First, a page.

Prices of other energy are largely unregulated

    Environmental effects of energy mining, transport, and generation, are regulated by national (EPA) standards; usually states (provinces) administer those nationally set standards

  • US Energy Use BasicsHalf of energy is used to make electricity for: 1- homes, 2- business, 3- industry

    One third of energy is petroleum and diesel for cars and trucks.

    One sixth of energy is for all other uses.

  • Current Vermont Electric Supply Simplified30% Hydro-Quebec30% Vermont Yankee15% small hydro15% wood10% End-use Efficiency

    Each kWh saved can be sold to New England grid.

  • So, How Is America Dealing with This Prospect?

    Do we have a national energy policy?

    We do .. And it is this -

  • Do-si-do with coal: 2007:154 new plants planned -- 93 GW, $137 billion2008: 95 new plants planned -- 70 GW, $210 billion

  • Vermonts Electric Needs1,100 MW peak demand now Growth2-10 MW/yr from 1984-2004550 MW will need to be replaced in 2012 - 2015 timeframe!!Current SourcesVermont Yankee: about 30% of VT demand and 36% energy Contract Expires 2012 Hydro Quebec: about 30% of demand and 32% energy Most of Contract expires 2012 to 2015Independent Power Producers:about 10% of demand and 5% energy (all renewable) Contracts expire 2008 to 2020New England Market and utility-owned sites: about 30% of VT demand and 27% of VT energy

  • Vermont could be VERY vulnerable to the market

  • A Few Major Options: Some Pros and ConsEfficiency and Conservation VT YankeeShift to Fossil PlantsNew Cogen in VTSpot MarketNet Metered Small ProjectsMajor In-State RenewablesHydro QuebecConnecticut River Dams Small Distributed GenerationCreative ImportsBlended Balance

  • Can Energy Efficiency Really Help ?Between 1999 and 2005 Vermont doubled its commitment to strong energy efficiency programs. The result?

    Lowering electric costs for Vermont residents and businesses:In 1999, Vermont and NY had highest electric rates of seven north-eastern states; by 2005 we had the lowest such rates. More importantly than rates, the burden went down.Commercial & Industrial electric costs dropped from 1.9% of Gross State Product to less than 1.6%. Residential electric bills dropped from 3.9% of disposable personal income to 3.3%.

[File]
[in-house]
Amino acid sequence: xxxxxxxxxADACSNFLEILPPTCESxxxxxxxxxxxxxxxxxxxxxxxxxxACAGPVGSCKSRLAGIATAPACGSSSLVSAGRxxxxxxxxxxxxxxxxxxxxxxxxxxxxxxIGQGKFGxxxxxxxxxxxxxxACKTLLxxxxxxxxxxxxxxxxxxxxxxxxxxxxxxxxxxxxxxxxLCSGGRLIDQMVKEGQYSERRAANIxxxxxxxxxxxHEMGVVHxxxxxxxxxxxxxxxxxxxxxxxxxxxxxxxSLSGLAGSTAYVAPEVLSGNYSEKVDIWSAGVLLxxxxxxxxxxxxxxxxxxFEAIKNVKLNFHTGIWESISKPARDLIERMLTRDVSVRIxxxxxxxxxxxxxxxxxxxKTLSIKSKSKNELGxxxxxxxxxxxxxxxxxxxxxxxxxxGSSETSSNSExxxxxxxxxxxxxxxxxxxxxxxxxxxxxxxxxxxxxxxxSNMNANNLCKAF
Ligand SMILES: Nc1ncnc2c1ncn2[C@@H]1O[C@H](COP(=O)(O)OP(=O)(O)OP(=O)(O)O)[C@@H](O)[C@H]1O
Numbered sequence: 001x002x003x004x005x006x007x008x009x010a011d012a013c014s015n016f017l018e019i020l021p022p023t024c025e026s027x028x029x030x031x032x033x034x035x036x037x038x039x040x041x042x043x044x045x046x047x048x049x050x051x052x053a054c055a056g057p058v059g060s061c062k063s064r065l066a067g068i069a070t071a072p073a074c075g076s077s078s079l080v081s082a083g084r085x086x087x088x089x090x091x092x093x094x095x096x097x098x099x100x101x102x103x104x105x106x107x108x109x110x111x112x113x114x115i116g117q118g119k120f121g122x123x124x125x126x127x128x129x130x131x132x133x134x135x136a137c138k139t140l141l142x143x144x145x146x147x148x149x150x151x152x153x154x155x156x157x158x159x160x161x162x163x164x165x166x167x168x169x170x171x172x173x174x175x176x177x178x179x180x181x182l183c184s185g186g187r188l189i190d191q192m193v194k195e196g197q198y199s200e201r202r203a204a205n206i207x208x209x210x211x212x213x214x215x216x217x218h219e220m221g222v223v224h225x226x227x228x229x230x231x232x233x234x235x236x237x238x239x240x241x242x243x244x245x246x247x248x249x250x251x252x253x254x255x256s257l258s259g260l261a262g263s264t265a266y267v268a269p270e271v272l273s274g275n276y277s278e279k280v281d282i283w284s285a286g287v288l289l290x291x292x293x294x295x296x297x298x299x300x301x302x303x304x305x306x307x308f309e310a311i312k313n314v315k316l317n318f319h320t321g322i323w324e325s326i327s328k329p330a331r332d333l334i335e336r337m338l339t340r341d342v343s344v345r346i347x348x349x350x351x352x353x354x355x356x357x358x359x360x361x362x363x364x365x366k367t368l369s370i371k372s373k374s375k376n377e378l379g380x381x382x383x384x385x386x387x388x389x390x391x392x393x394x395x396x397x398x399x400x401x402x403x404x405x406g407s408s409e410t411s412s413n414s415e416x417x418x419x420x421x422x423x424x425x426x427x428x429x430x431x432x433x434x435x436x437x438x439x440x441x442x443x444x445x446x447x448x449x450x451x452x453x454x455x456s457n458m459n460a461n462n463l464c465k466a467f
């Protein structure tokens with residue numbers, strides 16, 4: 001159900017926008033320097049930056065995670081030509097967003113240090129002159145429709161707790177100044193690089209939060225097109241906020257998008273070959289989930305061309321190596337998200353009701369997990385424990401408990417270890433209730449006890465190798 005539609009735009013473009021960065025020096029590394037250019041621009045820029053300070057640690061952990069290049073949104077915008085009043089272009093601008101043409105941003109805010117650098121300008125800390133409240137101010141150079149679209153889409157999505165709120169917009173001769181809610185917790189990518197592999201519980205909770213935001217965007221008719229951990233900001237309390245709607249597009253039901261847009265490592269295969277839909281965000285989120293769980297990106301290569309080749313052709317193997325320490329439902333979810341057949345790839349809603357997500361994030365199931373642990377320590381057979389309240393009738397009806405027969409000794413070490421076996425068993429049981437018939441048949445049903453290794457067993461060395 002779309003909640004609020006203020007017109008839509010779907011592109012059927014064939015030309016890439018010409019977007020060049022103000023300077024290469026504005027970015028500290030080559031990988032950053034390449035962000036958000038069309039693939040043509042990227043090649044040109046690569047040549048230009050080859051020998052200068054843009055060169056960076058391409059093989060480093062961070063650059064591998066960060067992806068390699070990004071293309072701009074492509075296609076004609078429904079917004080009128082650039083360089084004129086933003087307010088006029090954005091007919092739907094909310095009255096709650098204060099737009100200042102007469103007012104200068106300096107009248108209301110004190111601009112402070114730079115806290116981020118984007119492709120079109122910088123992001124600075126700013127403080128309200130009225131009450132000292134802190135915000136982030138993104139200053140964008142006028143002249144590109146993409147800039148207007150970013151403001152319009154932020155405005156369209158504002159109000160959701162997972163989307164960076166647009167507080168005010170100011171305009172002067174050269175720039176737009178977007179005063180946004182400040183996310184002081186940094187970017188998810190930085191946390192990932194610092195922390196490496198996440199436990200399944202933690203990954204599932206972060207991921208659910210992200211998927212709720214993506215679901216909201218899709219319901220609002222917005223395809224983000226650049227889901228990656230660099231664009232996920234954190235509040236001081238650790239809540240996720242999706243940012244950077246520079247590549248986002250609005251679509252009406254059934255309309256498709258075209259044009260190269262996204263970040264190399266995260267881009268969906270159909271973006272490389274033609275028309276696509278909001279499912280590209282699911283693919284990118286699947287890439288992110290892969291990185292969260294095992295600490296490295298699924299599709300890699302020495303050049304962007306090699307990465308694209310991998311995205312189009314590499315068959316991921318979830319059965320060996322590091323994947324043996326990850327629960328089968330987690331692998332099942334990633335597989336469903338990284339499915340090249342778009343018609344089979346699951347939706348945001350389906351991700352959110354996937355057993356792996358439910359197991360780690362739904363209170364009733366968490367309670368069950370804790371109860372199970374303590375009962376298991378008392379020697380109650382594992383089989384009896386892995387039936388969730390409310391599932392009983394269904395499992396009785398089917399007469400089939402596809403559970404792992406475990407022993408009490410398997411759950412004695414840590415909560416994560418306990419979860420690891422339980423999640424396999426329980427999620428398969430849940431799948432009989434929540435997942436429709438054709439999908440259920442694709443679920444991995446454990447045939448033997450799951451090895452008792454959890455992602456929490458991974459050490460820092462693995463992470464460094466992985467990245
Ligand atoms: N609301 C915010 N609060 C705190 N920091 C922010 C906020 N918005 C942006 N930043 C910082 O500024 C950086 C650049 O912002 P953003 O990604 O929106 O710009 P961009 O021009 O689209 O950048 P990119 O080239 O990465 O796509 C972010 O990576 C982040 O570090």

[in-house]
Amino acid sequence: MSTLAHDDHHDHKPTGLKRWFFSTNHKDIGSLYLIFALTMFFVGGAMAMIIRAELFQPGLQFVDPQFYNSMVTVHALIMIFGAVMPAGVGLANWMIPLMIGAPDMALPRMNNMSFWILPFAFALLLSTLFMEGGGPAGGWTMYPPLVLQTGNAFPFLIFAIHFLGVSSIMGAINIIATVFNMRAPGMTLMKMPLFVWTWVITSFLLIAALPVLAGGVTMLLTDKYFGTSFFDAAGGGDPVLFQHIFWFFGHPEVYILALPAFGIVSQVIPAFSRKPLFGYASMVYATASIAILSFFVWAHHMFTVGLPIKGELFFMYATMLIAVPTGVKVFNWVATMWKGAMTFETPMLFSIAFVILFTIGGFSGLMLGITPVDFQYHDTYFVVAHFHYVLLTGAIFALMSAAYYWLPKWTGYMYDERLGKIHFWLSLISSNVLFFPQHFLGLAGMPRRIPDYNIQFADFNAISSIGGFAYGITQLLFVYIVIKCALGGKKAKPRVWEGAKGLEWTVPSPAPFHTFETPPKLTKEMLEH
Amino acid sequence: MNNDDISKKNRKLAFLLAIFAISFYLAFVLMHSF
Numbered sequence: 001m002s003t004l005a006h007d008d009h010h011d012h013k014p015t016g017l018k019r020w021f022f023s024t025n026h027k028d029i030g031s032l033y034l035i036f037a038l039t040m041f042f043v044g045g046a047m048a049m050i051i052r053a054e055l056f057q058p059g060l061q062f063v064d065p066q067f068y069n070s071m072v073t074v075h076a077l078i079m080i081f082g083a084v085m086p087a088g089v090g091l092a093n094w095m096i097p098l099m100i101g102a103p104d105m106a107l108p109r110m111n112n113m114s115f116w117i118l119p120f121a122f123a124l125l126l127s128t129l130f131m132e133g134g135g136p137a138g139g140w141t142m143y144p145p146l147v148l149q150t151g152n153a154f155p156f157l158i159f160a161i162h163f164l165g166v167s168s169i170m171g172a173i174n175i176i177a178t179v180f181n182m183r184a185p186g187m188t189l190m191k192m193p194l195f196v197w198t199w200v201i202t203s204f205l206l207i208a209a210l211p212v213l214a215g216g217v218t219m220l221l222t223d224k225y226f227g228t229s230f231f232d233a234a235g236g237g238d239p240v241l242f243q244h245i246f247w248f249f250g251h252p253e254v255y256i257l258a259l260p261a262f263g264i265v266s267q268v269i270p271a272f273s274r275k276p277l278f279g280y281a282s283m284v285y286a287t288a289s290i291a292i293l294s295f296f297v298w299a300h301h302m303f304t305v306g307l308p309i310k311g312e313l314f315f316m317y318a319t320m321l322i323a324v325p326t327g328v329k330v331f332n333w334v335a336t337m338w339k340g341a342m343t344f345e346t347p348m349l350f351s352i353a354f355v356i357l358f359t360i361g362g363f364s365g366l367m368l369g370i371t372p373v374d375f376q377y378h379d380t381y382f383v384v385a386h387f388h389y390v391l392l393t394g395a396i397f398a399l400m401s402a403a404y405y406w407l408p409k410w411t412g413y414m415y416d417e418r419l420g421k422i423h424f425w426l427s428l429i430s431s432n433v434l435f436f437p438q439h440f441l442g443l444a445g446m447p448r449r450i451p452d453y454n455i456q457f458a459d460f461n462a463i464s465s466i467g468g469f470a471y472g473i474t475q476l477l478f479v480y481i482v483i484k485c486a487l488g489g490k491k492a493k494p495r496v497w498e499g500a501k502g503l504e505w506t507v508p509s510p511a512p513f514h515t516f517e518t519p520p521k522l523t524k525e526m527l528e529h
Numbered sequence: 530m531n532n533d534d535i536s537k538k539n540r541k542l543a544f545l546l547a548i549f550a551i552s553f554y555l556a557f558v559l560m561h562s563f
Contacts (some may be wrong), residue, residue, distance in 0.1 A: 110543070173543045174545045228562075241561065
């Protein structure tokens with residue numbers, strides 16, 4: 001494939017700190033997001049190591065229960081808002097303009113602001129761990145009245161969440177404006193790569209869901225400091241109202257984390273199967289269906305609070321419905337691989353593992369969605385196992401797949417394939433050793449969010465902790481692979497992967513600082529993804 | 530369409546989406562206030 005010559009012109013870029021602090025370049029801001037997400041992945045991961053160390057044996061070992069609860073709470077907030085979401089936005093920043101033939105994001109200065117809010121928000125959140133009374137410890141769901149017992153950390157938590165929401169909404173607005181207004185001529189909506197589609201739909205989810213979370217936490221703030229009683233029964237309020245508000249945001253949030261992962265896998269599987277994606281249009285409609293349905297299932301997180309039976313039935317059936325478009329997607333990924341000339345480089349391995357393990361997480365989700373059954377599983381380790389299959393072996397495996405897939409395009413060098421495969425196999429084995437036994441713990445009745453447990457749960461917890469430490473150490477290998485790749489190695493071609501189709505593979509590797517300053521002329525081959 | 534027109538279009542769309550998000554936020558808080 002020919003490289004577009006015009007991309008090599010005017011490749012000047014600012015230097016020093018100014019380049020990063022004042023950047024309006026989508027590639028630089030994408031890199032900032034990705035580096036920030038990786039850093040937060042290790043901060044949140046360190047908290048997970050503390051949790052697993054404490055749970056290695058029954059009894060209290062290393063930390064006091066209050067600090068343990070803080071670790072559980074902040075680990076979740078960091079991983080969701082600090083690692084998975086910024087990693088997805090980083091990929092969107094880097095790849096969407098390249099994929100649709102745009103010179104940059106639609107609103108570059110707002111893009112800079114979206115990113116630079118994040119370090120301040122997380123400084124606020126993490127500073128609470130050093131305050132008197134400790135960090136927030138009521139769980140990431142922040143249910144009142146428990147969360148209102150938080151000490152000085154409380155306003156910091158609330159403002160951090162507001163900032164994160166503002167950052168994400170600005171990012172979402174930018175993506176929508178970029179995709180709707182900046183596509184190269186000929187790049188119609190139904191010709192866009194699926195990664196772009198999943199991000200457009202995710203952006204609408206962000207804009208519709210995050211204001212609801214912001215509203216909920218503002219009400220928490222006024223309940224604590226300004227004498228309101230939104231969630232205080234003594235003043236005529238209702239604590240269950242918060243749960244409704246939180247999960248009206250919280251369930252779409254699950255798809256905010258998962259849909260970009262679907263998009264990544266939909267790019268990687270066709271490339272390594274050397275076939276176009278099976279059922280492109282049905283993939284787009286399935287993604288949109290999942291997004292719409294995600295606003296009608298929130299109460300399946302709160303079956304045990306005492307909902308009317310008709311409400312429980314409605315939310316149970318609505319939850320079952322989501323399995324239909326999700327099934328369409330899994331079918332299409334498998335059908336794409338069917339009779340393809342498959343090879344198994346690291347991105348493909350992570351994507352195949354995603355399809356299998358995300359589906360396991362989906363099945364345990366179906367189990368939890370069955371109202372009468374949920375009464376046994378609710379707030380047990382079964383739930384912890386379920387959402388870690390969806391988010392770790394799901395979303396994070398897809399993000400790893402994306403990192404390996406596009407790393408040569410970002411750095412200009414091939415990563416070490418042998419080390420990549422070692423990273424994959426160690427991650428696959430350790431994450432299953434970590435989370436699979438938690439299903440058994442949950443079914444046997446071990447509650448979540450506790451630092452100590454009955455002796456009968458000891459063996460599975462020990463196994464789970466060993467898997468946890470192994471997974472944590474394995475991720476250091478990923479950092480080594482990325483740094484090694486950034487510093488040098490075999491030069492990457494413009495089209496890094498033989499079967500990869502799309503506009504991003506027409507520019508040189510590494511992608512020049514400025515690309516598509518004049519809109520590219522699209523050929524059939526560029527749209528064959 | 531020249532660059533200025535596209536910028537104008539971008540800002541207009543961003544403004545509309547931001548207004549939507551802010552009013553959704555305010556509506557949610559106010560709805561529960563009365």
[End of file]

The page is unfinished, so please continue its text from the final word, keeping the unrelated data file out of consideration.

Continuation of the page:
• Data

    Day-AheadAvg

    Part, 3rd partyEfficiencytotal2002plus 1.2 centsReal-Time

    1/1/021.091.892.982.553.7513

    2/1/021.091.892.982.513.7113

    3/1/021.091.892.983.084.2813

    4/1/021.091.892.983.004.2013

    5/1/021.091.892.983.424.6213

    6/1/021.091.892.982.854.0513

    7/1/021.091.892.983.444.6413

    8/1/021.091.892.984.645.8413

    9/1/021.091.892.984.125.3213

    10/1/021.091.892.984.315.5113

    11/1/021.091.892.983.975.1713

    12/1/021.091.892.984.635.8313

    1/1/031.031.622.6667.3813

    2/1/031.031.622.666.958.3313

    3/1/031.031.622.667.118.49136.93

    4/1/031.031.622.664.936.31134.69

    5/1/031.031.622.664.605.98134.49

    6/1/031.031.622.664.876.25134.87

    7/1/031.031.622.665.036.41134.98

    8/1/031.031.622.664.656.03134.43

    9/1/031.031.622.664.275.65134.53

    10/1/031.031.622.664.626.00134.49

    11/1/031.031.622.664.295.67134.25

    12/1/031.031.622.665.246.62135.05

    1/1/041.851.923.778.089.46137.35

    2/1/041.851.923.775.146.5213

    3/1/041.851.923.774.826.2013

    4/1/041.851.923.775.36.6813

    5/1/041.851.923.775.687.06135.06

    6/1/041.851.923.775.296.67135.13

    7/1/041.851.923.775.046.4213

    8/1/041.851.923.774.776.1513